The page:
Provided by: srecord_1.64-3_amd64 bug


       srec_binary - binary file format


       It is possible to read and write binary files using srec_cat(1).

   File Holes
       A  file hole is a portion of a regular file that contains NUL characters and is not stored
       in any data block on disk.   Holes  are  a  long‐standing  feature  of  Unix  files.   For
       instance, the following Unix command creates a file in which the first bytes are a hole:

              $ echo -n "X" | dd of=/tmp/hole bs=1024 seek=6

       Now  /tmp/hole  has  6,145  characters (6,144 NUL characters plus an X character), yet the
       file occupies just one data block on disk.

       File holes were introduced to avoid wasting disk space.   They  are  used  extensively  by
       database  applications  and,  more  generally, by all applications that perform hashing on

       See for more information.

       The size of binary files is taken from the size of the file on the file  system.   If  the
       file has holes these will read as blocks of NUL (zero) data, as there is no elegant way to
       detect Unix file holes.  In general, you probably want to use the -unfill filter  to  find
       and remove large swathes of zero bytes.

       In  producing  a  binary  file, srec_cat(1) honours the address information and places the
       data into the binary file at the addresses  specified  in  the  hex  file.   This  usually
       results  on  holes  in  the file.  Sometimes alarmingly large file sizes are reported as a

       If you are on a brain‐dead operating system without file holes then there are going to  be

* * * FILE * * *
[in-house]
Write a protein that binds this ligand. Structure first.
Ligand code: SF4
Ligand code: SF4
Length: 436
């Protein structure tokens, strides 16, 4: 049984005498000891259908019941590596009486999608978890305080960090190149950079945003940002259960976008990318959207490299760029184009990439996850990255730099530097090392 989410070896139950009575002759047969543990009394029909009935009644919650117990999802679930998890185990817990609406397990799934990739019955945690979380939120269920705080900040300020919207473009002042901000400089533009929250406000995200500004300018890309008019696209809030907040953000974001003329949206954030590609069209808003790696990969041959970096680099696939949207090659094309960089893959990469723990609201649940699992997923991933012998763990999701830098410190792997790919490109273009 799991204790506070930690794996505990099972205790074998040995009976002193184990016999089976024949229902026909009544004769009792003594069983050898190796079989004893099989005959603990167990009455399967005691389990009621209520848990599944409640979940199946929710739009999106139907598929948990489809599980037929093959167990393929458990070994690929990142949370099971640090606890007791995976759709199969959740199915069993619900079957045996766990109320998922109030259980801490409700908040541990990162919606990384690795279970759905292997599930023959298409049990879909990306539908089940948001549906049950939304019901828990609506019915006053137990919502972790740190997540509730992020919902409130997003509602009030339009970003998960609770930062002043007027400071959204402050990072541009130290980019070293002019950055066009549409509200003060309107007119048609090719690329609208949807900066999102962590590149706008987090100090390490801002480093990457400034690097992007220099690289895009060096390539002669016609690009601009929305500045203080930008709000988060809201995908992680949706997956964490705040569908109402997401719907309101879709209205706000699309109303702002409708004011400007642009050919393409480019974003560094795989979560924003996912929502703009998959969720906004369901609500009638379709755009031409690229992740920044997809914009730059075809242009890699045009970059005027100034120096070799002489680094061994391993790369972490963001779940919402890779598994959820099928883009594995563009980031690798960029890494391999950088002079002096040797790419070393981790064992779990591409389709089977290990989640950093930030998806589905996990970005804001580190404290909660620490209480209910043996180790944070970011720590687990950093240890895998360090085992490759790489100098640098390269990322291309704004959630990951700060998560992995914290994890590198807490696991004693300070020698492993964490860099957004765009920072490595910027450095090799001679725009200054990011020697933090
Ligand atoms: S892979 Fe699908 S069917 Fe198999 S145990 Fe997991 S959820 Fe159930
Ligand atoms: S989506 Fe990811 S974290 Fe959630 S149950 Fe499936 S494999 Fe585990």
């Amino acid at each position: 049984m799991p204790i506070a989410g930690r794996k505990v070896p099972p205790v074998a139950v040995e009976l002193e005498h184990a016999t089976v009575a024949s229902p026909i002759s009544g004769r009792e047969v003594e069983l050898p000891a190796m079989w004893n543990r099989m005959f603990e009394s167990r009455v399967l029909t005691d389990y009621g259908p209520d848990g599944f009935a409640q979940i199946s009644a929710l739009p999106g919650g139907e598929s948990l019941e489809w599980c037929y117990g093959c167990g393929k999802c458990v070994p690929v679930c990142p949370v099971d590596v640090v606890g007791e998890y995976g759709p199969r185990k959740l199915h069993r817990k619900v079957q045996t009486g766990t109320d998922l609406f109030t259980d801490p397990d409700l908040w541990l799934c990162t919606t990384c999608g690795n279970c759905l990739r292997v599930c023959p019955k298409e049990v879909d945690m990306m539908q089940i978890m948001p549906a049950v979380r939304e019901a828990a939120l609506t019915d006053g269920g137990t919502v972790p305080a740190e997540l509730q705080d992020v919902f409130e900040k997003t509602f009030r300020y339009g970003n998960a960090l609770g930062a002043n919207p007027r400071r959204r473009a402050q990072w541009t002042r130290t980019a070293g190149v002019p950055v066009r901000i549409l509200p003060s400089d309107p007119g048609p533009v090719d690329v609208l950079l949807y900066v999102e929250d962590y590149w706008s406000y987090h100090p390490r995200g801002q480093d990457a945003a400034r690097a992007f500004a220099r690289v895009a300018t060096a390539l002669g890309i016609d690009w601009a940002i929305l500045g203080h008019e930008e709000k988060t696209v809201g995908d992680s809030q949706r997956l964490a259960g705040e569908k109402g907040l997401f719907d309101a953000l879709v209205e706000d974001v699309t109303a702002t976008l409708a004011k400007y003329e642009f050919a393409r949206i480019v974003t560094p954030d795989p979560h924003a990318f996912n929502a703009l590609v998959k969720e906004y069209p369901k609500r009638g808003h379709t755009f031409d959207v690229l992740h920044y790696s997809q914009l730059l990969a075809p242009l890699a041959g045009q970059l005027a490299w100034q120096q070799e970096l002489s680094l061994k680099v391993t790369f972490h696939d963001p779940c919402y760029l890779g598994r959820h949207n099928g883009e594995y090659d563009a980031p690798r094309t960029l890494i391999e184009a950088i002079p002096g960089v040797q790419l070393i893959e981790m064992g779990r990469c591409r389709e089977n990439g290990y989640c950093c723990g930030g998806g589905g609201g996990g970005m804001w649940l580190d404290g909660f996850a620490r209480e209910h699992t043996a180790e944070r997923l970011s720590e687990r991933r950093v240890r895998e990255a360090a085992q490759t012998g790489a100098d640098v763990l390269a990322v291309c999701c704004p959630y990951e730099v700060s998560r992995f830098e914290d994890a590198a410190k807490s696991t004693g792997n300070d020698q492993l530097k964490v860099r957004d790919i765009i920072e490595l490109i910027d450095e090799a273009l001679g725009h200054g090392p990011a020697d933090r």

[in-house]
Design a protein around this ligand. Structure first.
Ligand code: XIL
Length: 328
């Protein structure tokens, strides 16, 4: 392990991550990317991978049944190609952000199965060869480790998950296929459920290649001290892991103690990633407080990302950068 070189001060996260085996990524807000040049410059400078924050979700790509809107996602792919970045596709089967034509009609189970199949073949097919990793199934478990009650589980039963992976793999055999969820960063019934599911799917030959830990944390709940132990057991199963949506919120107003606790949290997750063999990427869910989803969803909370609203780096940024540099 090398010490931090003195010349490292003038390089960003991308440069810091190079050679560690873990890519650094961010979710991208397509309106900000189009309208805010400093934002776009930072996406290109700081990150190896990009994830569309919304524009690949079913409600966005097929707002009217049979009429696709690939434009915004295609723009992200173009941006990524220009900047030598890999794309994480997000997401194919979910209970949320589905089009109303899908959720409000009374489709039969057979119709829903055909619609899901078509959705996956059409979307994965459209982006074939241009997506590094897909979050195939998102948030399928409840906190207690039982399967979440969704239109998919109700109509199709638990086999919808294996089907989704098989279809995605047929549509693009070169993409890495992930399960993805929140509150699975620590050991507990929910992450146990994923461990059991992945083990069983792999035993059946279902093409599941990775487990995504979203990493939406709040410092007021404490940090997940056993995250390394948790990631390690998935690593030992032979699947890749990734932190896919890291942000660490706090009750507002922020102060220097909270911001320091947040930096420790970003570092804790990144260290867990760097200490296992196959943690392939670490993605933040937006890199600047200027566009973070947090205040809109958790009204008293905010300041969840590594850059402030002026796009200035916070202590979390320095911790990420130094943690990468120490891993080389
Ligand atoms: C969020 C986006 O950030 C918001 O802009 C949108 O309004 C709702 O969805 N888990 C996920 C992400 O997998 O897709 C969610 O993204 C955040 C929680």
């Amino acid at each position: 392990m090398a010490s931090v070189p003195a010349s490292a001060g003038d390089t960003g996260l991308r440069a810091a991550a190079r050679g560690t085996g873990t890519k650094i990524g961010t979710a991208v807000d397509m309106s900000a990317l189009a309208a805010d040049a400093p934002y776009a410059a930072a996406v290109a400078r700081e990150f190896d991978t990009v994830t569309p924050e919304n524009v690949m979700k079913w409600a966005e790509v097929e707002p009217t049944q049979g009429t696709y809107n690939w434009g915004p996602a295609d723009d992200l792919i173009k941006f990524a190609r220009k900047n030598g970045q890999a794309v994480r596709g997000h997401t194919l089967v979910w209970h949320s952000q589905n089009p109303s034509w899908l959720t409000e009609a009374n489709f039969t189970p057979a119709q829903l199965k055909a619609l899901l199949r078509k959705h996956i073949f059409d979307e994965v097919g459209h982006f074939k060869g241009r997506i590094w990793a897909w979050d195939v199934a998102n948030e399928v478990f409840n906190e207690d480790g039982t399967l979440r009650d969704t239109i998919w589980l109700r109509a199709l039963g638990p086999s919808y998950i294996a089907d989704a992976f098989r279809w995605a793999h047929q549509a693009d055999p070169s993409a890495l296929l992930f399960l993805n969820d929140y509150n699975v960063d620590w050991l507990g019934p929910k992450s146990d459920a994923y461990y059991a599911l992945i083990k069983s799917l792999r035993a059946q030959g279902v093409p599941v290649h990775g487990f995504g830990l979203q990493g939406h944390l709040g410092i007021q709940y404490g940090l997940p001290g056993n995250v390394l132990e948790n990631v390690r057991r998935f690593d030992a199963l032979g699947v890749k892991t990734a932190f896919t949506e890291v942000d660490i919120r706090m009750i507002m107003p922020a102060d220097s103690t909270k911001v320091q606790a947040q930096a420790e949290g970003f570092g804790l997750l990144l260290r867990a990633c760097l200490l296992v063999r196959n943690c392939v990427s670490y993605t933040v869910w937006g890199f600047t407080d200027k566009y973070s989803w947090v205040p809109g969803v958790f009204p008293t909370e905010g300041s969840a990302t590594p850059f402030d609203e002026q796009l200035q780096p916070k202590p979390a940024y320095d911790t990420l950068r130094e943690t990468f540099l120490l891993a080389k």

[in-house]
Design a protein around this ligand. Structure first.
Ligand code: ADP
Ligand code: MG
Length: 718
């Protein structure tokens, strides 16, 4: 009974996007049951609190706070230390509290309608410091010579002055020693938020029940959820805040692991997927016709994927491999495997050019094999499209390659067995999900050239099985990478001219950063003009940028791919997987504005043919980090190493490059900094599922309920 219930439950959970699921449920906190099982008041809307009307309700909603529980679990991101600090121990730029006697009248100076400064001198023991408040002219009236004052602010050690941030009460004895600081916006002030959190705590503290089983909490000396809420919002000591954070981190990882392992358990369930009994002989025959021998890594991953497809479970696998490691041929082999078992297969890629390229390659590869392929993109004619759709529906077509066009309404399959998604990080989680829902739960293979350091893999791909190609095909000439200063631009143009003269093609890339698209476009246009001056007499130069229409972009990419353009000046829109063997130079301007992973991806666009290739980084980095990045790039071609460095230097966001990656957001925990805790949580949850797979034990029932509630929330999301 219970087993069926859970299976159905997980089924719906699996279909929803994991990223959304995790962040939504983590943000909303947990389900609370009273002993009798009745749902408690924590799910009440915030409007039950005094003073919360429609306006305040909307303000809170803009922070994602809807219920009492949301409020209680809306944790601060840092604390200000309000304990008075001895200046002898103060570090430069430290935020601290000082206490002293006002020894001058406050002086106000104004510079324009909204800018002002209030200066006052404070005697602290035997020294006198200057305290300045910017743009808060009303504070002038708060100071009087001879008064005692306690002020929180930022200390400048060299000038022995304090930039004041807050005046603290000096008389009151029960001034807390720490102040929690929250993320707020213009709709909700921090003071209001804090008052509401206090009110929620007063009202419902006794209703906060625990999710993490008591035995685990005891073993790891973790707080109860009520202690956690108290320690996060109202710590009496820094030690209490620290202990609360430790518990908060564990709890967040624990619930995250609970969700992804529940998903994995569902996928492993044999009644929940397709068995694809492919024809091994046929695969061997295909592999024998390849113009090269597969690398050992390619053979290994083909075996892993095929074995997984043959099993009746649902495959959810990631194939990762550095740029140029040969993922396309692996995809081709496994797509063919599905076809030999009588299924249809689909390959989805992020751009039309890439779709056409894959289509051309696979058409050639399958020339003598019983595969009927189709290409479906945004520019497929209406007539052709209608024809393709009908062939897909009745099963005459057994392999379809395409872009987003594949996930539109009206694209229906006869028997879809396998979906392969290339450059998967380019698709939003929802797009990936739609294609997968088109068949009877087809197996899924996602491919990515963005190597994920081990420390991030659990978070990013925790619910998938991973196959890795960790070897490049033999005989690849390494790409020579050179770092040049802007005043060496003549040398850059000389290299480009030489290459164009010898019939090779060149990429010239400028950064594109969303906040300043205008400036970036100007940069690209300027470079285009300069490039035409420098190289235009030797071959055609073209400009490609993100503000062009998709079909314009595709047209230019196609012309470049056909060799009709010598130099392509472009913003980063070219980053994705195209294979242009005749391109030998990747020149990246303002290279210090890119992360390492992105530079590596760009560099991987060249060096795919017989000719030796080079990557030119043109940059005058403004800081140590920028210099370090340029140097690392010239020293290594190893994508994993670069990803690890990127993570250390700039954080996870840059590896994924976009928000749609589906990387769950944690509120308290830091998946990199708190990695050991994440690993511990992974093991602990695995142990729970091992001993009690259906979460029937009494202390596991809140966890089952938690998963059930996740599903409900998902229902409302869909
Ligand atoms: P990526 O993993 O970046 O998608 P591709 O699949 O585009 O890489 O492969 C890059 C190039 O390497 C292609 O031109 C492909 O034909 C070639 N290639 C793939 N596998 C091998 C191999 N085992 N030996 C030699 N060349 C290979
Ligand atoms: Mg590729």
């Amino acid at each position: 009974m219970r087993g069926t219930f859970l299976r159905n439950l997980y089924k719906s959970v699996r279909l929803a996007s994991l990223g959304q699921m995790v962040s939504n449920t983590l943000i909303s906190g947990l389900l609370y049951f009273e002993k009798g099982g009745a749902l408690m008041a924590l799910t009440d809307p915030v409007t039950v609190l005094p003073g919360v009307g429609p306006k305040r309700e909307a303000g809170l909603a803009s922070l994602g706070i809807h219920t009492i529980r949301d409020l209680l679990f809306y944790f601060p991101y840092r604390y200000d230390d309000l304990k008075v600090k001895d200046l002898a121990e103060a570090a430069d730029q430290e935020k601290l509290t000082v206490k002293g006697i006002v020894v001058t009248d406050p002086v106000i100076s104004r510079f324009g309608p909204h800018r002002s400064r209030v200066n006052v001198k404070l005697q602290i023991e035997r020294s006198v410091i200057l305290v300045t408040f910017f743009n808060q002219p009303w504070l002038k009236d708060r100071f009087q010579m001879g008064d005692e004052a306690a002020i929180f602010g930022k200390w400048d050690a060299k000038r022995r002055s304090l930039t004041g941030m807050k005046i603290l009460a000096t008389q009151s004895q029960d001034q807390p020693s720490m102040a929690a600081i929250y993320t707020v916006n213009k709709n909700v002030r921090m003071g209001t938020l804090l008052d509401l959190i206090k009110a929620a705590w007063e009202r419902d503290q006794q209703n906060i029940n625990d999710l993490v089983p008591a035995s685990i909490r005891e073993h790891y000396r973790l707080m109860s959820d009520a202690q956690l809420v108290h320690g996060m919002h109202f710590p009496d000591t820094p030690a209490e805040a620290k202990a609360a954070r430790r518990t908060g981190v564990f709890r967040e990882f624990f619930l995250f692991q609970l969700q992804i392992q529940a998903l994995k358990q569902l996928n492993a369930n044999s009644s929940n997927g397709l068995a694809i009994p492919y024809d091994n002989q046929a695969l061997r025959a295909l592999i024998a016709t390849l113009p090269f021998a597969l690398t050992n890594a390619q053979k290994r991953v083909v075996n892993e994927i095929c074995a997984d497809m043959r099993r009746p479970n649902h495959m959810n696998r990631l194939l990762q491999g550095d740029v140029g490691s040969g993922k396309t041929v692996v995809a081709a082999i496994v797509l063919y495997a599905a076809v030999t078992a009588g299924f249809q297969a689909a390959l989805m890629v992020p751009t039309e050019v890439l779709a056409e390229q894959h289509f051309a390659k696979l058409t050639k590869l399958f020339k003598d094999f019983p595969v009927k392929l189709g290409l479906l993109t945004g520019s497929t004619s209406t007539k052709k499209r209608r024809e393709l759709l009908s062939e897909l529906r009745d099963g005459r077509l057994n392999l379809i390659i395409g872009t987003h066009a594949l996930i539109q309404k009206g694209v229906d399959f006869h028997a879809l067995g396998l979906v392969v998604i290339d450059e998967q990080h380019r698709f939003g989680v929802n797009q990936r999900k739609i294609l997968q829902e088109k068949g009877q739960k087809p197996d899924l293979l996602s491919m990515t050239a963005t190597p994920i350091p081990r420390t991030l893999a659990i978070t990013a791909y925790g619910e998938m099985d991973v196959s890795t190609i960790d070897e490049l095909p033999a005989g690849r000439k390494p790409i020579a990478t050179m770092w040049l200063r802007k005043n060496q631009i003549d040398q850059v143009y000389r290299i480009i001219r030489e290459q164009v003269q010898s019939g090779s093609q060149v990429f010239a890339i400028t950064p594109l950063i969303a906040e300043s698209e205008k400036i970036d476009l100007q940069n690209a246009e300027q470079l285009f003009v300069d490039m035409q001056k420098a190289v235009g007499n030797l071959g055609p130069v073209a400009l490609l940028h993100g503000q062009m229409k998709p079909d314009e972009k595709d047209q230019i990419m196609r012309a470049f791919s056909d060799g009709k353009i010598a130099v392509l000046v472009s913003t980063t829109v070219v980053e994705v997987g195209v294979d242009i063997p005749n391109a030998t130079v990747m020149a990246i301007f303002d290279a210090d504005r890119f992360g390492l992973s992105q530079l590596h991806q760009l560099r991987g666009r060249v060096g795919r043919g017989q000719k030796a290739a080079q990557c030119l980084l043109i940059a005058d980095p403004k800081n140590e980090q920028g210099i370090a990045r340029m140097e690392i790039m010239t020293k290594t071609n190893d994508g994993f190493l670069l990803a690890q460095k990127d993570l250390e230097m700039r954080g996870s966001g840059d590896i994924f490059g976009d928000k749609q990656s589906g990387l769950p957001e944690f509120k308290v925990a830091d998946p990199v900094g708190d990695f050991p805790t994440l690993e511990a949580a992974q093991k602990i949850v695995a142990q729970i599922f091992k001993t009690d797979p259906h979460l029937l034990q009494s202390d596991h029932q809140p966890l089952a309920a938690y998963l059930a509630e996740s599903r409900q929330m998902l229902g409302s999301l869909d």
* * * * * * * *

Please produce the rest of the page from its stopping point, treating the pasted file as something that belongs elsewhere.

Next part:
real  data  blocks  containing  real zero bytes, and consuming real amounts of disk space.
       Upgrade - I suggest Linux.

       To make a file of the size you expect, use

              srec_info foo.s19

       to find the lowest address, then use

              srec_cat foo.s19 -intel -offset -n -o foo.bin -binary

       where n is the lowest address present in the foo.s19 file, as  reported  by  srec_info(1).
       The negative offset serves to move the data down to have an origin of zero.


               for a description of the -unfill filter

               has  a  section  about  binary files, and ways of automagically offseting the data
               back to zero in a single command.


       SRrecord version 1.64
       Copyright (C) 1998, 1999, 2000, 2001, 2002, 2003, 2004,  2005,  2006,  2007,  2008,  2009,
       2010, 2011, 2012, 2013, 2014 Peter Miller

       The  SRrecord  program  comes  with  ABSOLUTELY NO WARRANTY; for details use the 'SRrecord
       -VERSion License' command.  This is free software and you are welcome to  redistribute  it
       under certain conditions; for details use the 'SRrecord -VERSion License' command.


       Scott Finneran   E‐Mail:
       Peter Miller     E‐Mail: